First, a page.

McDermott, Constance L.
    Are More Prescriptive Laws Better? Transforming REDD plus Safeguards into National Legislation2017In: Journal of environmental law, ISSN 0952-8873, E-ISSN 1464-374X, Vol. 29, no 3, p. 505-536Article in journal (Refereed)
    Abstract [en]

    International schemes for financing conservation and climate mitigation, such as Reducing Emissions from Deforestation and Degradation and forest enhancement (REDD+), have generated concerns about the effect of large influxes of money on good governance, the human rights of local land users, and biodiversity. While there is agreement on the need for safeguards to prevent negative effects, how prescriptive or flexible those safeguards should be is not well understood. We develop a framework for a multi-scale comparison of the prescriptiveness of measures to reduce carbon emissions with safeguards for community rights and biodiversity, and apply this framework to international REDD+ safeguards and their transformation into Mexican law. Our findings reveal significant differences across substantive and procedural safeguards with positive and negative impacts on community rights. We also find that not prescribing ownership over forest carbon and de-bundling property rights from rights to benefit from ecosystems stewardship, helped overcome political conflicts in Mexico and enhanced the potential for equity in REDD+ outcomes.

  • 5.
    Ituarte-Lima, Claudia
    et al.
    Stockholm University, Faculty of Science, Stockholm Resilience Centre. University of Oxford, England.
    McDermott, Constance L.
    Mulyani, Mari
    Assessing equity in national legal frameworks for REDD plus: The case of Indonesia2014In: Environmental Science and Policy, ISSN 1462-9011, E-ISSN 1873-6416, Vol. 44, p. 291-300Article in journal (Refereed)
    Abstract [en]

    Schemes for reducing emissions from deforestation and forest degradation, and enhancing carbon stocks (REDD+) have raised concerns about their effects on forest communities and social equity more generally. National legal frameworks play a critical role in mediating these concerns within different country contexts, from the definition of fundamental constitutional rights to the articulation of specific REDD+ legislation. However, the complexity of REDD+ and its associated legal frameworks makes assessing the balance of rights, responsibilities, benefits and costs challenging indeed. This paper draws on a case study of Indonesia to illustrate how the application of an equity framework can help navigate this complexity. The paper applies the McDermott et al. (2013) Equity Framework to assess core legal texts at multiple scales, including key articles of the UN Framework Convention on Climate Change, as well as Indonesia's Constitution, its REDD+ strategy and selected legislation. We find that these selected legal instruments address the procedural issue of who is considered a relevant REDD+ stakeholder, including forest-dependent communities and private and public actors. Policies in the form of Ministerial Decrees also prescribe the distribution of carbon payments. However, the current legislation does not address critical contextual dimensions, including the distribution of bundles of rights and obligations regarding land and forest entitlements of forest-dependent people. Likewise, while there are Ministerial Decrees that spell out the distribution of rights and duties of different levels of government (central, provincial and local), there is no clear indication if the resources needed to ensure their respective attributions are equitably allocated. These results highlight the importance of adopting comprehensive frameworks for assessing equity that situate detailed analysis of specific REDD+-related laws within their broader legal and fiscal contexts.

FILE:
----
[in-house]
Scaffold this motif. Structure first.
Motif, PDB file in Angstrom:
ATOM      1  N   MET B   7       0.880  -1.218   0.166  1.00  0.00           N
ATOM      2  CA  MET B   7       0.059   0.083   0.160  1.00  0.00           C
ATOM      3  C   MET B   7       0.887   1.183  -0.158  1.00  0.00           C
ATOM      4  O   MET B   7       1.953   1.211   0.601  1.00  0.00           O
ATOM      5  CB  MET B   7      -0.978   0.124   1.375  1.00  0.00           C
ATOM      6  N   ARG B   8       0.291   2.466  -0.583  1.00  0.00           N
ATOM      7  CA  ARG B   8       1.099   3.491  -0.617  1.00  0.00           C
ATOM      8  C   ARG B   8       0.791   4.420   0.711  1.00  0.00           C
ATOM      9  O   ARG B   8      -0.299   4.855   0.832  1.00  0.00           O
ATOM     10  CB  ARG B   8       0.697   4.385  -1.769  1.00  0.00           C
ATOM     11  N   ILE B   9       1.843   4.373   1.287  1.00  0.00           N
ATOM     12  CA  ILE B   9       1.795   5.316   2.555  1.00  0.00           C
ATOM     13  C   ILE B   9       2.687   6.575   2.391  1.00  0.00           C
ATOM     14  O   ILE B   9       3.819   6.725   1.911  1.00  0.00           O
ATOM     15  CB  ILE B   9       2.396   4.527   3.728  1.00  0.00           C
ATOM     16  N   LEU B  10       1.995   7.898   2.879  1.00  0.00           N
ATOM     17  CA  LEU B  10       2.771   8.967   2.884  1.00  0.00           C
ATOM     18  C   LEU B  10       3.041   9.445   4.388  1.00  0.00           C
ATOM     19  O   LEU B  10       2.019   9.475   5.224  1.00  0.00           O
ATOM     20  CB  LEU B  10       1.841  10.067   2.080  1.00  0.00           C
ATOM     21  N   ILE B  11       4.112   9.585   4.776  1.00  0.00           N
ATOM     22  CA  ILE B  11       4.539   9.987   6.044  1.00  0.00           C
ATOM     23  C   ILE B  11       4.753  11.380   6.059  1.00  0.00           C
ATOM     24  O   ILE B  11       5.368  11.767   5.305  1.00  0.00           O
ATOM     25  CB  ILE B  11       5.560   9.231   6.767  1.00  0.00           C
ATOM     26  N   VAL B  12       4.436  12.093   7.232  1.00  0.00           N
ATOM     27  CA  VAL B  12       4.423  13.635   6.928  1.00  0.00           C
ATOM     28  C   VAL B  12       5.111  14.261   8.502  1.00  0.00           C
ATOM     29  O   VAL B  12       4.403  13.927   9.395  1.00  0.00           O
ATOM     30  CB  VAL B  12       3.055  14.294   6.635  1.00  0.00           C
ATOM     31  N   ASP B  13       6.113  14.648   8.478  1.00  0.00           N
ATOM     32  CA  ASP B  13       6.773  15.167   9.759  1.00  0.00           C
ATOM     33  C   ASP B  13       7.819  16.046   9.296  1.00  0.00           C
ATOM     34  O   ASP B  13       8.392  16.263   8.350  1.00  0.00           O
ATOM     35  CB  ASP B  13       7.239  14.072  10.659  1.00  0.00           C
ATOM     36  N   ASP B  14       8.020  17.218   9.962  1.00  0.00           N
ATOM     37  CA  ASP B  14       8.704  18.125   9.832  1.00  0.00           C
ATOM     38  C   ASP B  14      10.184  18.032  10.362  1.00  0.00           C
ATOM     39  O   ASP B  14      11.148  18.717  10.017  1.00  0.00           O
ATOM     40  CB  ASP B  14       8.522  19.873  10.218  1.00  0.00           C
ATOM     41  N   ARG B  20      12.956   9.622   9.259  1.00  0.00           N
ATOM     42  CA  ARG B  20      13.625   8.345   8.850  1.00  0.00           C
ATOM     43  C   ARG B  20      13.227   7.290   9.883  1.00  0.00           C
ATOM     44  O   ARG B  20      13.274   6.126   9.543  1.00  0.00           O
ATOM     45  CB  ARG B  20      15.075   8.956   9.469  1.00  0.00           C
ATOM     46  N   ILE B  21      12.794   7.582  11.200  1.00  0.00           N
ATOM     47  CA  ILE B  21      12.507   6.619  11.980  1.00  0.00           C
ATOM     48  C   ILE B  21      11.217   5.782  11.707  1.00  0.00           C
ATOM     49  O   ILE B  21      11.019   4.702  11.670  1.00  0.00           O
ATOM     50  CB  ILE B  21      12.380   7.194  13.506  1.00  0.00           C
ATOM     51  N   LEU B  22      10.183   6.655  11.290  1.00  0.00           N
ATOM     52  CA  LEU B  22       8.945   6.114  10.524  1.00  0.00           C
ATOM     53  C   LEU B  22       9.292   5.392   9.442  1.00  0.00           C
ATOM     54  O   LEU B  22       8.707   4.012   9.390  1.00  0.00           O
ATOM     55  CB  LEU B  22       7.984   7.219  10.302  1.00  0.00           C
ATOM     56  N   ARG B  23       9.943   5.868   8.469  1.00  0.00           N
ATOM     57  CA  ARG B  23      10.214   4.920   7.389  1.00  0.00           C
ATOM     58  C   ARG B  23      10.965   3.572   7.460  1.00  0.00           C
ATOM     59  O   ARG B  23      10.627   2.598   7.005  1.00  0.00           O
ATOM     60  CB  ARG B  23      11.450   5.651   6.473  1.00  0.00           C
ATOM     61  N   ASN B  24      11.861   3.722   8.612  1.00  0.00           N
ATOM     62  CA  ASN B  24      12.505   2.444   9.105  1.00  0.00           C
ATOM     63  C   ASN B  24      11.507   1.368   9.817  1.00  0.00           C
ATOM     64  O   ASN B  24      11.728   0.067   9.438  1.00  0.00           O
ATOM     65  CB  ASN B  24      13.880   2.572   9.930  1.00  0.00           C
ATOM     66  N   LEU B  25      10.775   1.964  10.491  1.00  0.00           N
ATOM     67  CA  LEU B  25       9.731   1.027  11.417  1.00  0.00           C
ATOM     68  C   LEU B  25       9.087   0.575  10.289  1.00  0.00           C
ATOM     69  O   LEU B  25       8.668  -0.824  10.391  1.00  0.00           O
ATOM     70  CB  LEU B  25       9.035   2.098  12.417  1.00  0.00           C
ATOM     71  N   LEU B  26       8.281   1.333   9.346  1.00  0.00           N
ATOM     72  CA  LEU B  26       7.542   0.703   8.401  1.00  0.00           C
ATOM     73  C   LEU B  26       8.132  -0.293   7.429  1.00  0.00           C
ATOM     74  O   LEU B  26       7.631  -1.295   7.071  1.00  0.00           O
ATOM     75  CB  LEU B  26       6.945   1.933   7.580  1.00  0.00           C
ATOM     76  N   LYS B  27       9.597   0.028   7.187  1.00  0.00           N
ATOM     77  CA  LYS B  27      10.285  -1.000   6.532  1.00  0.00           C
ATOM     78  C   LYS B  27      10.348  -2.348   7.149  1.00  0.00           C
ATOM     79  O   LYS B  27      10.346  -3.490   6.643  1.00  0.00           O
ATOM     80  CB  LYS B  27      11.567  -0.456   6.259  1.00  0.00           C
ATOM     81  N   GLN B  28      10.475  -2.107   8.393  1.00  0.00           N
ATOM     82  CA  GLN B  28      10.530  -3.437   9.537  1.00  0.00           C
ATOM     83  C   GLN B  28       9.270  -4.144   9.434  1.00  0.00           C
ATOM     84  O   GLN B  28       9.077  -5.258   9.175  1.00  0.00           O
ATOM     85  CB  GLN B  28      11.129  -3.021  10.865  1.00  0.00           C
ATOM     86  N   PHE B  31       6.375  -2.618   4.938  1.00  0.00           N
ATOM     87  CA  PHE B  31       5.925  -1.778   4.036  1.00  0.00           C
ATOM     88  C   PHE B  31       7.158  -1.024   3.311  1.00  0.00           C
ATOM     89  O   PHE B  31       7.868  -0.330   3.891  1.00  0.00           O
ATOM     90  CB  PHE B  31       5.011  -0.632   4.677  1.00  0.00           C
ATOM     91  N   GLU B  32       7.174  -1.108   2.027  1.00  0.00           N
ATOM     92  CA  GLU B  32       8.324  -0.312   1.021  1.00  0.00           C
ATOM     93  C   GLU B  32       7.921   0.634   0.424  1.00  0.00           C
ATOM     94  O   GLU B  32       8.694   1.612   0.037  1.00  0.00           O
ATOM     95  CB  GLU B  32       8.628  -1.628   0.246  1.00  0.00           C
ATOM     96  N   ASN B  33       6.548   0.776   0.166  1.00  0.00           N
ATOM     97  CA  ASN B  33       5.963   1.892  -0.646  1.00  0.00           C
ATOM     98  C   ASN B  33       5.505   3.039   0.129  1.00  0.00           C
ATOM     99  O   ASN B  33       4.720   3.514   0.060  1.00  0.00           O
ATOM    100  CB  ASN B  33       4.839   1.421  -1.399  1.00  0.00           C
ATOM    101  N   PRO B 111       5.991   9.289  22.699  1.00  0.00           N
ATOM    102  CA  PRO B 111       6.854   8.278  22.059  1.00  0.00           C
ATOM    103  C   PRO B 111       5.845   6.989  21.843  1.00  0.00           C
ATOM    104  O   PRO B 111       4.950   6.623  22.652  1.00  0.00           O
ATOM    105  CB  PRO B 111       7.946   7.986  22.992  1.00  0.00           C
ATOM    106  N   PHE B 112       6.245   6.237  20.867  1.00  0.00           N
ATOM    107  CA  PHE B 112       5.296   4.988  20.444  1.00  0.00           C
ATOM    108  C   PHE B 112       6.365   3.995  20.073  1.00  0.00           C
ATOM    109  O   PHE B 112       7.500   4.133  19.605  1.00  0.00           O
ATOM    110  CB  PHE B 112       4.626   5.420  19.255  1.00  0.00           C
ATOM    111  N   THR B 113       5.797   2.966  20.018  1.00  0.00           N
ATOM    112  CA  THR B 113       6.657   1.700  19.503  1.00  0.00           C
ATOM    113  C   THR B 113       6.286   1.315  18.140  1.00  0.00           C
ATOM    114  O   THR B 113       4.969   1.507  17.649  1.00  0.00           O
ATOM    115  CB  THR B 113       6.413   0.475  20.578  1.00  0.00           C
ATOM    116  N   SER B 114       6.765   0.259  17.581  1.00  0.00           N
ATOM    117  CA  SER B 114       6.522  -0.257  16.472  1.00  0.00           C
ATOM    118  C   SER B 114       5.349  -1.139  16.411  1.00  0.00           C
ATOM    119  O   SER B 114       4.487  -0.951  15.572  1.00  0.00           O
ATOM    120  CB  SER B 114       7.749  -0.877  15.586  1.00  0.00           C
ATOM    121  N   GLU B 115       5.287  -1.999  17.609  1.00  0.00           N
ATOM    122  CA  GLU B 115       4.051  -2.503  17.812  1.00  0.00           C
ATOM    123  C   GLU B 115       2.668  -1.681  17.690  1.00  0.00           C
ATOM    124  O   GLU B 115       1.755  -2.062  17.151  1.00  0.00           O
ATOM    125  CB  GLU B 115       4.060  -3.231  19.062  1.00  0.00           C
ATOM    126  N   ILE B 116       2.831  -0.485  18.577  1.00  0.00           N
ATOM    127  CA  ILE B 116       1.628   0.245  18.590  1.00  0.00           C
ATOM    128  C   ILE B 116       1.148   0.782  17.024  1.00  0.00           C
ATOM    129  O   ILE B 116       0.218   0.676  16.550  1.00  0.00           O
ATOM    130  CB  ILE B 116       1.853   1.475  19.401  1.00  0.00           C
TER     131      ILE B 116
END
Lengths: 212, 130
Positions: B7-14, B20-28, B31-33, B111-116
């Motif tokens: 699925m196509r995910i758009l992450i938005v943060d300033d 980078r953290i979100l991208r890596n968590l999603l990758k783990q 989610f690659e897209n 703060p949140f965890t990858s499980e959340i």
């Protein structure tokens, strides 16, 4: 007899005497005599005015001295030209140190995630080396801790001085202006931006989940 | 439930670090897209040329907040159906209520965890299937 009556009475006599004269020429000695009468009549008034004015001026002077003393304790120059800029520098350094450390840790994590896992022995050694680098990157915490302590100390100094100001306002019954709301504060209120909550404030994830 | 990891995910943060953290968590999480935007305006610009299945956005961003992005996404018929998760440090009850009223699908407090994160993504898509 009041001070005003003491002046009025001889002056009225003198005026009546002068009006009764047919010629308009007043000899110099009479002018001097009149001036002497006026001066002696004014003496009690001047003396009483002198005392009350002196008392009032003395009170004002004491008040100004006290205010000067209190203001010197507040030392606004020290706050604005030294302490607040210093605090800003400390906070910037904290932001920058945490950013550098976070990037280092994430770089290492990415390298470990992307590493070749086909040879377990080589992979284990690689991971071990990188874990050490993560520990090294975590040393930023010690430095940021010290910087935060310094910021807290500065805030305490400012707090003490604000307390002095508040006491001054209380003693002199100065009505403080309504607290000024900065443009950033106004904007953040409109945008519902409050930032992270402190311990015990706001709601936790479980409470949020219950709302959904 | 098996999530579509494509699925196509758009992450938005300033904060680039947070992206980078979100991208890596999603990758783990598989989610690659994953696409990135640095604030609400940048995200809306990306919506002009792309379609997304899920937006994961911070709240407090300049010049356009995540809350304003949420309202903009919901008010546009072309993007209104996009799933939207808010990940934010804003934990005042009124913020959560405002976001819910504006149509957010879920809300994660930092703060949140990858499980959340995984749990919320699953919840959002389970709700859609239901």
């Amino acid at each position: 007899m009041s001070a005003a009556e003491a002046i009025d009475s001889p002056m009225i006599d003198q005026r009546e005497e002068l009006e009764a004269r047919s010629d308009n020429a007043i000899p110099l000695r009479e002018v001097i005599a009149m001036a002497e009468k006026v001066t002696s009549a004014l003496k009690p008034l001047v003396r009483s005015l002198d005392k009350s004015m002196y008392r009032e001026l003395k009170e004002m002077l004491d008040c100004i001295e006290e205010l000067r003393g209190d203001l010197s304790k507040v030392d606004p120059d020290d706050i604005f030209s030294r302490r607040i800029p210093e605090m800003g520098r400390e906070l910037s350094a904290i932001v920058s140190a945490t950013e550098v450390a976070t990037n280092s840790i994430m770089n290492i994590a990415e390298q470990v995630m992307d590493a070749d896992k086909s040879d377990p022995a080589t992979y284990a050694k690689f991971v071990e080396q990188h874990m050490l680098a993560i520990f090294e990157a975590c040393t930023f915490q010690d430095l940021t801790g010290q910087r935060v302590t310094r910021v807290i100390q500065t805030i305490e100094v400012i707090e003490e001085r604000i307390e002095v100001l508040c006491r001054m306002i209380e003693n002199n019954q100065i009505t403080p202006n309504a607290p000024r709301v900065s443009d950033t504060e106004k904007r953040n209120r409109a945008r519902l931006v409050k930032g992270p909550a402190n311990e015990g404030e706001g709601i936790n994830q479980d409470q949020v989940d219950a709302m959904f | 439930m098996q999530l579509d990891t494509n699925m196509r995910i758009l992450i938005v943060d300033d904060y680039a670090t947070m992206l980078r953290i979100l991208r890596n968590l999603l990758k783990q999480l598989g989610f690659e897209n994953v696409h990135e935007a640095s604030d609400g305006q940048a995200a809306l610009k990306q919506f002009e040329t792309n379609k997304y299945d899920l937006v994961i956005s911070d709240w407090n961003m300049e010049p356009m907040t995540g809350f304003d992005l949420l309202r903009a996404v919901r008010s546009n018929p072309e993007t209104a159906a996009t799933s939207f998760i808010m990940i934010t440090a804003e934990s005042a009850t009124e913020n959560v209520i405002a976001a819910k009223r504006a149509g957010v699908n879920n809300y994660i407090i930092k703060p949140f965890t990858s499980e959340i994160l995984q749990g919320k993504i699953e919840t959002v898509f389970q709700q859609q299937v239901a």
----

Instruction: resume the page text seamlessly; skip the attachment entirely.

• 6.
    Koh, Niak Sian
    et al.
    Stockholm University, Faculty of Science, Stockholm Resilience Centre.
    Hahn, Thomas
    Stockholm University, Faculty of Science, Stockholm Resilience Centre.
    Ituarte-Lima, Claudia
    Stockholm University, Faculty of Science, Stockholm Resilience Centre.
    Safeguards for enhancing ecological compensation in Sweden2017In: Land use policy, ISSN 0264-8377, E-ISSN 1873-5754, Vol. 64, p. 186-199Article in journal (Refereed)
    Abstract [en]

    Ecological compensation (EC) is being explored as a policy instrument for the European Union's 'No Net Loss of Biodiversity and Ecosystem Services' initiative. EC is commonly associated with the Polluter-Pays Principle, but we propose the Developer-Pays Principle as a more comprehensive principle. Safeguards that are relevant to local and national contexts are needed when addressing social-ecological resilience in the face of risks associated with EC. The operationalisation of EC in Sweden is assessed through two case studies: the E12 highway and Mertainen mine. The institutional design and implementation procedures are investigated through semi-structured interviews as well as an analysis of legal and other written documents. Using a multi-level governance framework, we examine four key disputed issues within compensation. Our results suggest that (i) Risk of a license-to-trash can be minimised; (ii) Complementary quantitative and qualitative ecological valuation methods are needed to achieve additionality and No Net Loss; (iii) Compensation pools may be a promising strategy to secure land availability; and (iv) Social safeguards are vital for EC in high-income countries as well, where they are currently understudied. We conclude that EC cannot be the main instrument for nature conservation, but rather complementary to a strong legal framework that protects biodiversity and ecosystems in addition to the sustained and equitable benefits of ecosystem services.

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  • 7. Libert Amico, Antoine
    et al.
    Ituarte-Lima, Claudia
    Stockholm University, Faculty of Science, Stockholm Resilience Centre.
    Elmqvist, Thomas
    Stockholm University, Faculty of Science, Stockholm Resilience Centre.
    Learning from social-ecological crisis for legal resilience building: multi-scale dynamics in the coffee rust epidemic2020In: Sustainability Science, ISSN 1862-4065, E-ISSN 1862-4057, Vol. 15, no 2, p. 485-501Article in journal (Refereed)
    Abstract [en]